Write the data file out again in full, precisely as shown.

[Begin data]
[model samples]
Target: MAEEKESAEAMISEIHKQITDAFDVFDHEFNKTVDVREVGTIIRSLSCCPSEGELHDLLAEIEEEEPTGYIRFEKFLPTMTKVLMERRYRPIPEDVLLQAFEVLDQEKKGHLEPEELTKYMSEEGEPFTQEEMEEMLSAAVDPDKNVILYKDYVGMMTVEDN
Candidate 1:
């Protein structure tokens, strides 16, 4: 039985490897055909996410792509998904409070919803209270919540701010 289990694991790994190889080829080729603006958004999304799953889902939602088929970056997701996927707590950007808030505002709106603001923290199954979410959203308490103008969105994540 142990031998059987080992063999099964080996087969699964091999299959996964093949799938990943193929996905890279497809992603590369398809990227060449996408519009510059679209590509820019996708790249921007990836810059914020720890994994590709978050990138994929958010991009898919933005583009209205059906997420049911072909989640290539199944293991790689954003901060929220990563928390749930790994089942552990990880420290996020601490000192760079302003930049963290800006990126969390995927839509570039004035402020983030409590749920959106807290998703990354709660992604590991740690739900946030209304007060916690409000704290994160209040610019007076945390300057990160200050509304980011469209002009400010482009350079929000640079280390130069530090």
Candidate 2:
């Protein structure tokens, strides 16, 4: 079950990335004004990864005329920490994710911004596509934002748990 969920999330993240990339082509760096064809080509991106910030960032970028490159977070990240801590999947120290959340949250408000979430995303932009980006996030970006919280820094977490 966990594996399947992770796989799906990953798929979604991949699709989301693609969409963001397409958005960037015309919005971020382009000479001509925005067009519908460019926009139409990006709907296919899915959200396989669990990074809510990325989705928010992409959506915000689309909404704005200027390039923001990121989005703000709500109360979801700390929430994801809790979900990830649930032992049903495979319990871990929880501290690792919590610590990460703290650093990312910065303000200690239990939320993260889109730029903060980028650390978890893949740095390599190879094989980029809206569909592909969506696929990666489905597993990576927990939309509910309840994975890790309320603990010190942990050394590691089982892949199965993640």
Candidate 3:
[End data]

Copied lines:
[model samples]
Target: MAEEKESAEAMISEIHKQITDAFDVFDHEFNKTVDVREVGTIIRSLSCCPSEGELHDLLAEIEEEEPTGYIRFEKFLPTMTKVLMERRYRPIPEDVLLQAFEVLDQEKKGHLEPEELTKYMSEEGEPFTQEEMEEMLSAAVDPDKNVILYKDYVGMMTVEDN
Candidate 1:
């Protein structure tokens, strides 16, 4: 039985490897055909996410792509998904409070919803209270919540701010 289990694991790994190889080829080729603006958004999304799953889902939602088929970056997701996927707590950007808030505002709106603001923290199954979410959203308490103008969105994540 142990031998059987080992063999099964080996087969699964091999299959996964093949799938990943193929996905890279497809992603590369398809990227060449996408519009510059679209590509820019996708790249921007990836810059914020720890994994590709978050990138994929958010991009898919933005583009209205059906997420049911072909989640290539199944293991790689954003901060929220990563928390749930790994089942552990990880420290996020601490000192760079302003930049963290800006990126969390995927839509570039004035402020983030409590749920959106807290998703990354709660992604590991740690739900946030209304007060916690409000704290994160209040610019007076945390300057990160200050509304980011469209002009400010482009350079929000640079280390130069530090």
Candidate 2:
């Protein structure tokens, strides 16, 4: 079950990335004004990864005329920490994710911004596509934002748990 969920999330993240990339082509760096064809080509991106910030960032970028490159977070990240801590999947120290959340949250408000979430995303932009980006996030970006919280820094977490 966990594996399947992770796989799906990953798929979604991949699709989301693609969409963001397409958005960037015309919005971020382009000479001509925005067009519908460019926009139409990006709907296919899915959200396989669990990074809510990325989705928010992409959506915000689309909404704005200027390039923001990121989005703000709500109360979801700390929430994801809790979900990830649930032992049903495979319990871990929880501290690792919590610590990460703290650093990312910065303000200690239990939320993260889109730029903060980028650390978890893949740095390599190879094989980029809206569909592909969506696929990666489905597993990576927990939309509910309840994975890790309320603990010190942990050394590691089982892949199965993640």
Candidate 3: